(1E,3E)-1,4-Bis(trimethylsilyl)-1,3-butadiene

[22430-47-3]  · C10H22Si2  · (1E,3E)-1,4-Bis(trimethylsilyl)-1,3-butadiene  · (MW 198.45)

(building block for the stereodefined construction of conjugated polyenyl chains1-4)

Physical Data: bp 46-49 °C/15 mmHg; n20D 1.4679.

Analysis of Reagent Purity: GC/MS, IR, 1H and 13C NMR.

Preparative Methods: coupling of the Grignard reagent derived from (E)-2-(trimethylsilyl)-1-bromoethylene with the same bromo derivative leads to the silyldiene in 51% yield;5 a higher yield (62%) is obtained by reaction of bis(trimethylsilyl)methyllithium with (E)-3-(trimethylsilyl)-2-propenal.6 Other procedures involve the Pd0-catalyzed demercuration of bis[(E)-(2-trimethylsilylvinyl)]mercury, prepared from (E)-2-(trimethylsilyl)-1-lithioethylene and HgCl2 (77% yield),7 or the reaction of (E)-1,4-bis(trimethylsilyl)-2-butene with n-BuLi and TMEDA and subsequent oxidation with HgCl2 of the isolated bis-lithiated species, stabilized by complexation with TMEDA (57% yield).8

Handling, Storage, and Precautions: conveniently stored at -15 °C for several months, without appreciable isomerization.

Electrophilic Substitutions.

A highly selective substitution of a trimethylsilyl group is readily performed with acyl chlorides in the presence of Aluminum Chloride to obtain silylated ketones with high retention of configuration (>98%). Dicarbonyl compounds are prepared with a one-pot procedure, by simply adding the second acyl chloride after completion of the first step, without isolation of the monosubstitution product (eq 1).1

The versatility of this approach is illustrated by the synthesis of polyunsaturated fatty acids of special interest. Ostopanic acid, a cytotoxic fatty acid,9 is directly obtained by acylation reactions with the appropriate acyl chlorides,2 whereas b-parinaric acid methyl ester, an interesting fluorescent probe for biological membranes,10 is prepared by a selective double acylation, followed by reduction and dehydration reactions (eq 2).3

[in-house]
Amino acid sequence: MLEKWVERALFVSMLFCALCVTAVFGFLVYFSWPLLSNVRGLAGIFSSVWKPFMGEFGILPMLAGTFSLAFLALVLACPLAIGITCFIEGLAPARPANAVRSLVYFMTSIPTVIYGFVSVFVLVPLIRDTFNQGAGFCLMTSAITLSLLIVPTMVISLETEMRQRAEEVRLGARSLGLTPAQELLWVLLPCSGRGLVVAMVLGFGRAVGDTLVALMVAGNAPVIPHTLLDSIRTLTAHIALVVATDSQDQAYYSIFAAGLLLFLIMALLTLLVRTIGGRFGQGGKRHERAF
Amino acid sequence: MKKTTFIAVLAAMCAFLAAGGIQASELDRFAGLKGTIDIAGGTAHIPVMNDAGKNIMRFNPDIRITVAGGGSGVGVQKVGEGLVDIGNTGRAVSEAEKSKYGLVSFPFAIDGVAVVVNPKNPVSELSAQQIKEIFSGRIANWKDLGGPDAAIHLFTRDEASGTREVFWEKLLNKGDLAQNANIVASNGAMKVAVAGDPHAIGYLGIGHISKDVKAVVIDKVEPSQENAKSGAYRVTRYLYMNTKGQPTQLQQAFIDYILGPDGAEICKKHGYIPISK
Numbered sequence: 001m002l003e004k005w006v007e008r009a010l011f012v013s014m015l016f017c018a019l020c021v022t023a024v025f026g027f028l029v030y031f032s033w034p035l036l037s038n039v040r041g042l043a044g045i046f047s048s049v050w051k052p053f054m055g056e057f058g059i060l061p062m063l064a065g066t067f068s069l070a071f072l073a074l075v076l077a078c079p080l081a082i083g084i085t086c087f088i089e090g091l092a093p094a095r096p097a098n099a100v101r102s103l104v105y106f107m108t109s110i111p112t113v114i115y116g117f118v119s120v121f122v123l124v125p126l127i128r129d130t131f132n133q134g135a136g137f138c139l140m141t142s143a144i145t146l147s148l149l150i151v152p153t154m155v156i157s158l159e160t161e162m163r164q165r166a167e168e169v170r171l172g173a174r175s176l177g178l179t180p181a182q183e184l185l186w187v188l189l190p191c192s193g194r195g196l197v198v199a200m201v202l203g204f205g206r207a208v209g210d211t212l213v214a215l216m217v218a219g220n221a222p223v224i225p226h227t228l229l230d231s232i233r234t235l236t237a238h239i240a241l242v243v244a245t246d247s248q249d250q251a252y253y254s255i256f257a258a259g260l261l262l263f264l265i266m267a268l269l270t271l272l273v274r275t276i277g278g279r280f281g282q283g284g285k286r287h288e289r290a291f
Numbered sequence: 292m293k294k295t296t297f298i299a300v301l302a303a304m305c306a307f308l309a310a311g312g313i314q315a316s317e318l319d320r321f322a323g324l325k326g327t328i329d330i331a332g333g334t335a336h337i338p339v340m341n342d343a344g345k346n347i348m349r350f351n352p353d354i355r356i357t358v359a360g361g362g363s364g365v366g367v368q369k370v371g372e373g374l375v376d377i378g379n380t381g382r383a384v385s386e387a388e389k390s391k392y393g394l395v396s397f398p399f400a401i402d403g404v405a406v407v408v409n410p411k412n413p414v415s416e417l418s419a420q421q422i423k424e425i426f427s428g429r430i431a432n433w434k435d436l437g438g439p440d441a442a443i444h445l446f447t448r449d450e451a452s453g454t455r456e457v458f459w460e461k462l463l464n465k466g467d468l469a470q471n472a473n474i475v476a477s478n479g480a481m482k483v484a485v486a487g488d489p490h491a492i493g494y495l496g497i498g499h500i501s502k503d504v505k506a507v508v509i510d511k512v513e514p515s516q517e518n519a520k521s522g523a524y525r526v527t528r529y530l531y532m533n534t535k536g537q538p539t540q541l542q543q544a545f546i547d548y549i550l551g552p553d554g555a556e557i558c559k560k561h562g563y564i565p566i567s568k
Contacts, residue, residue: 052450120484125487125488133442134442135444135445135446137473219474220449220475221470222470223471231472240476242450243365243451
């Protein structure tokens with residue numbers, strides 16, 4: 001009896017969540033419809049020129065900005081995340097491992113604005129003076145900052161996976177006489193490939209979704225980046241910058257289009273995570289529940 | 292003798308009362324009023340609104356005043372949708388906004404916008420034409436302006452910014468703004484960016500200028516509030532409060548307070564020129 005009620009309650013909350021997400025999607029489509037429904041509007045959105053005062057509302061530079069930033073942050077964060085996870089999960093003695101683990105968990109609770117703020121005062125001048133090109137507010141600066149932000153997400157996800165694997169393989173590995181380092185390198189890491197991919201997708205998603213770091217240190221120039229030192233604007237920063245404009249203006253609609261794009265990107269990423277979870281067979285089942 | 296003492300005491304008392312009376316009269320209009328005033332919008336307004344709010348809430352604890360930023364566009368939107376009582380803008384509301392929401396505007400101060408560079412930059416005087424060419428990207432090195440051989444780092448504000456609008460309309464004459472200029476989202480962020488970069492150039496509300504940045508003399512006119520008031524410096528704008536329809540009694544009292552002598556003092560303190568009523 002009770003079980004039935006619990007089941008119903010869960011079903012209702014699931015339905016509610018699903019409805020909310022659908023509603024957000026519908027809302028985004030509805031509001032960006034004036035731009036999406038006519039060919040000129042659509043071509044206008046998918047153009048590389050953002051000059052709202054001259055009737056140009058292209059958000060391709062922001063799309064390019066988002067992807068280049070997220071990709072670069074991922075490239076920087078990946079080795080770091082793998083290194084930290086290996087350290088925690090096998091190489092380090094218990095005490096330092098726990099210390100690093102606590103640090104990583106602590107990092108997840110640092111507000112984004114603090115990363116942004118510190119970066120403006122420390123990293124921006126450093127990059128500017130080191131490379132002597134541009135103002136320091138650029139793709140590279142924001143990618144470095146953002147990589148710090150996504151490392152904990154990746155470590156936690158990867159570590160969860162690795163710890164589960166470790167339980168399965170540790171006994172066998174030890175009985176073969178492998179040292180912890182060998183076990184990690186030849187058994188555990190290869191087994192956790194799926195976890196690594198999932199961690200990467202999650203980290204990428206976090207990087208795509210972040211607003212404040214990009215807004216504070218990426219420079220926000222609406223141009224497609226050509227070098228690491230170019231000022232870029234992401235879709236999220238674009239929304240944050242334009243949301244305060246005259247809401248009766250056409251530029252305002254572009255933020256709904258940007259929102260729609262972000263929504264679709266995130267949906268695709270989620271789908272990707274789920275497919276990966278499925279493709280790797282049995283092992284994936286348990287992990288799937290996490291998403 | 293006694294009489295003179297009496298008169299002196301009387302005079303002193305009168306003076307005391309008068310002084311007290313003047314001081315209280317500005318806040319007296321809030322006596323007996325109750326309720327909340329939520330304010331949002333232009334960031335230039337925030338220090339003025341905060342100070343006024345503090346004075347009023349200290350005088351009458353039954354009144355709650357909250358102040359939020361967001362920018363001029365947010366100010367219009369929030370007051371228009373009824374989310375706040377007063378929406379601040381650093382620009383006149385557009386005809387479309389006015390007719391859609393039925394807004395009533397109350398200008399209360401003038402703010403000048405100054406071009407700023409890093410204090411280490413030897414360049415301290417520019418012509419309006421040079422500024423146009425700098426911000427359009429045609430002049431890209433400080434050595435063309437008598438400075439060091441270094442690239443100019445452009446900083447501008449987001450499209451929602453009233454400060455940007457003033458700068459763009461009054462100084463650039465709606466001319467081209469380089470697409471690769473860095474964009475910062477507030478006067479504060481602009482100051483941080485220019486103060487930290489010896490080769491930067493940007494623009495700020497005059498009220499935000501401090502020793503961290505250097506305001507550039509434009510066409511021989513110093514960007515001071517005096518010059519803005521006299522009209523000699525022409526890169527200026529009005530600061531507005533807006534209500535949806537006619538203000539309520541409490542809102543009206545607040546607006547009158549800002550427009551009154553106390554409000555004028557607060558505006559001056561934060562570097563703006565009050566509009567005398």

Moreover, unsaturated keto silanes and diketones obtained according to eq 1 can be easily reduced to saturated keto silanes or 1,6-dicarbonyl compounds;11 unsaturated keto silanes can be transformed into enantiomerically enriched hydroxy derivatives by reduction and enzymatic kinetic resolution.12 Monosilylated unsaturated sulfides, precursors of a variety of dienylsilanes,13 can be also obtained by chemoselective electrophilic substitutions.4

Halogen Addition.

Bromine addition leads to a tetrabromo derivative which can be bromodesilylated to (1Z,3Z)-1,4-dibromobutadiene (eq 3).14

Cycloaddition Reactions.

Diels-Alder reactions with Maleic Anhydride (eq 4)5,6 lead to cyclic allylsilanes, which can undergo further interesting elaborations.6

Related Reagents.

(1E,3E,5E)-1,6-Bis(trimethylsilyl)-1,3,5-hexatriene; 2,3-Bis(trimethylstannyl)-1,3-butadiene; (E)-1-Trimethylsilyl-1,3-butadiene; 2-Trimethylsilylmethyl-1,3-butadiene.


1. Babudri, F.; Fiandanese, V.; Marchese, G.; Naso, F. CC 1991, 237.
2. Babudri, F.; Fiandanese, V.; Naso, F. JOC 1991, 56, 6245.
3. Babudri, F.; Fiandanese, V.; Naso, F.; Punzi, A. SL 1992, 221.
4. Fiandanese, V.; Mazzone, L. TL 1992, 33, 7067.
5. Bock, H.; Seidl, H. JACS 1968, 90, 5694.
6. Carter, J. M.; Fleming, I.; Percival, A. JCS(P1) 1981, 2415.
7. Seyferth, D.; Vick, S. C. JOM 1978, 144, 1.
8. Field, D. L.; Gardiner, M. G.; Kennard, C. H. L.; Messerle, B. A.; Raston, C. L. OM 1991, 10, 3167.
9. Hamburger, M.; Handa, S. S.; Cordell, G. A.; Kinghorn, A. D.; Farnsworth, N. R. J. Nat. Prod. 1987, 50, 281.
10. Sklar, L. A.; Miljanich, G. P.; Bursten, S. L.; Dratz, E. A. JBC 1979, 254, 9583.
11. Fiandanese, V.; Punzi, A.; Ravasio, N. JOM 1993, 447, 311.
12. Fiandanese, V.; Hassan, O.; Naso, F.; Scilimati, A. SL 1993, 491.
13. Fiandanese, V.; Marchese, G.; Mascolo, G.; Naso, F.; Ronzini, L. TL 1988, 29, 3705.
14. Ferede, R.; Noble, M.; Cordes, A. W.; Allison, N. T.; Lay, J. Jr. JOM 1988, 339, 1. Francesco Naso, Vito A. Fiandanese, & Francesco Babudri CNR Centre MISO, University of Bari, Italy

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